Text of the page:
Week 1: my week began with setting up in the painting studios in the Sackler building on the Battersea campus, followed by an afternoon of presentations from faculty, alumni, staff and the 22 artists in this year’s summer program. Originating from Italy, Spain, NYC, Canada, Indonesia, Japan, Korea, China, Macao, and London; we all presented our work in the Gorvy Lecture Theatre over the course of the afternoon.

Brandy Saturley presenting Gorvy Lecture Theatre RCA

Brandy Saturley presenting Gorvy Lecture Theatre RCA

With our studios open and available 7 days a week, most nights until 8pm, we began independent study and creating new work under the influence of our course leader, Despina Zacharopoulou.  (Born in Greece, Zacharopoulou is a performance artist who holds a Master in Fine Arts, a Master in Visual Arts (Costume Design – Antwerp Royal Academy of Fine Arts), and an Msc in Architecture. Apart from her artistic practice, she has been involved in academic teaching. She has participated in various exhibitions in Greece, Belgium, Russia and the UK and has received scholarships and awards for her academic achievements. Her biggest large-scale performance project so far was a seven week (324hrs) long durational performance entitled “Corner Time” commissioned by the Marina Abramovic Institute.)

Course leader Despina Zacharopoulou and Dean of RCA

Course leader Despina Zacharopoulou and Dean of RCA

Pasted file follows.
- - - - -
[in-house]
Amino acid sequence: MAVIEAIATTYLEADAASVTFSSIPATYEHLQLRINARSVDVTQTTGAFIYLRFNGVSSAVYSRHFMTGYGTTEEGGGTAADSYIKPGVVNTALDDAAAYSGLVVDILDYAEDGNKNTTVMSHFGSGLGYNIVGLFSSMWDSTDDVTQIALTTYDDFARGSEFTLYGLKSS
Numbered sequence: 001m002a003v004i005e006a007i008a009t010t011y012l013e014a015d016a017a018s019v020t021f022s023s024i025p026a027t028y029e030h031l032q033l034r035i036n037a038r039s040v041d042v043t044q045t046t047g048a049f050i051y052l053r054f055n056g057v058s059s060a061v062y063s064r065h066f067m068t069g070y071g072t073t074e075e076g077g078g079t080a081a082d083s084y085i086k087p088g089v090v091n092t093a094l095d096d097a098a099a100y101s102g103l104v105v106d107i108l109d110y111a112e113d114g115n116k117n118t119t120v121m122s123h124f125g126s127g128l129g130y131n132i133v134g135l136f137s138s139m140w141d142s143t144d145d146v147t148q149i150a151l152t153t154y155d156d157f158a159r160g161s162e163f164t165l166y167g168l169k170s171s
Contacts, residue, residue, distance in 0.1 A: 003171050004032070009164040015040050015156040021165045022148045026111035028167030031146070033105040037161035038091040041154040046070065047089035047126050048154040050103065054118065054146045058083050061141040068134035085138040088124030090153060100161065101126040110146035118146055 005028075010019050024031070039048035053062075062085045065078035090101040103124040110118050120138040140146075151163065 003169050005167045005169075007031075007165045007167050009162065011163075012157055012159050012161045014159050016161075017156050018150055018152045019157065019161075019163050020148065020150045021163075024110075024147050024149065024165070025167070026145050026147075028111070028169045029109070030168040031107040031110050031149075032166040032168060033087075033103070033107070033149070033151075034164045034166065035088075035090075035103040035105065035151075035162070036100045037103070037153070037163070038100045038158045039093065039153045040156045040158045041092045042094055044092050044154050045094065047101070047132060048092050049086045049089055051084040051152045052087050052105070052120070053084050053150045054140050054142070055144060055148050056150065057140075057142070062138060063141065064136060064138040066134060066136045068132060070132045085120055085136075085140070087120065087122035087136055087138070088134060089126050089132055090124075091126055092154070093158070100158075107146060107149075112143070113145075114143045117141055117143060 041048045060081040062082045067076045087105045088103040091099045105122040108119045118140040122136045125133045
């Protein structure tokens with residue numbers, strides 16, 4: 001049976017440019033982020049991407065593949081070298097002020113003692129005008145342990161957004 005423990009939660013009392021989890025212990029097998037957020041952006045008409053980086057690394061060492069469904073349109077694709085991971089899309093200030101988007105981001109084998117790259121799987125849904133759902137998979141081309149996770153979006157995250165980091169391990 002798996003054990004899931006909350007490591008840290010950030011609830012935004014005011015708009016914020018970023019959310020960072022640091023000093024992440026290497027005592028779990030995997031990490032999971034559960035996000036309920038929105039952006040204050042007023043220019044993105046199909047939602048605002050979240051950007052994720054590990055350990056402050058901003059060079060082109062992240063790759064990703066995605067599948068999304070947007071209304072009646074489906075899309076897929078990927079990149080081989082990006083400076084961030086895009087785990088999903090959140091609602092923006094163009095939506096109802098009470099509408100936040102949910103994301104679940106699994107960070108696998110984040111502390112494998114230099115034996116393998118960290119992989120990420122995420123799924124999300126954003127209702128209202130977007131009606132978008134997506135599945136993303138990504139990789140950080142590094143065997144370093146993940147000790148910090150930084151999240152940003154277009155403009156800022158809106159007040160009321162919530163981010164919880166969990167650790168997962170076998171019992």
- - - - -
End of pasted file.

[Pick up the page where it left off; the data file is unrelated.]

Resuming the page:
Our first week included the hottest day on record for London at 40 degrees Celsius, this made for added challenges as we began creating new work and adjusting to our new routine in a very busy city. My week included art gallery visits to South London art gallery, WhiteChapel Gallery and the endlessly fascinating, Flat Time House. (Flat Time House was the studio home of British conceptual artist John Latham and is now open as a contemporary art gallery, centre for alternative learning and artist residency space, housing the John Latham archive.)

Flat Time House in Peckham, London

Flat Time House in Peckham, London

From first week tutorials with leading artists and alumni from around the world, to a film screening and discussion, we were well on our way to quickly integrating into this new art community. We were already finding ourselves experimenting with new ways of communicating, through the use of our chosen mediums.

RCA Sackler Studios - Brandy Saturley work in progress

RCA Sackler Studios – Union Jack painting by Brandy Saturley work in progress

Week 2: the weekend played an important role in offering concentrated studio time, preparing for our first critique sessions (crits) over the second week. The course continued with film screenings, and a writing workshop with Dr. Chantal Faust. (Dr Chantal Faust is an artist, writer and Senior Tutor at the RCA. Her photographic, painting, video and installation works have been exhibited in the UK, Australia and North America. Faust has contributed book chapters to contemporary art publications, and regularly writes for academic journals, magazines, and exhibition catalogues.)

Dr. Chantal Faust and Brandy Saturley

Dr. Chantal Faust and Brandy Saturley discussing work week 1

We found new ways of accessing our internal, visceral voice as artists, as we worked through movement and performance workshops led by Despina Zacharopoulou. This second week ended with more concentrated time in the studio.

Brandy Saturley performance art

performance workshop at RCA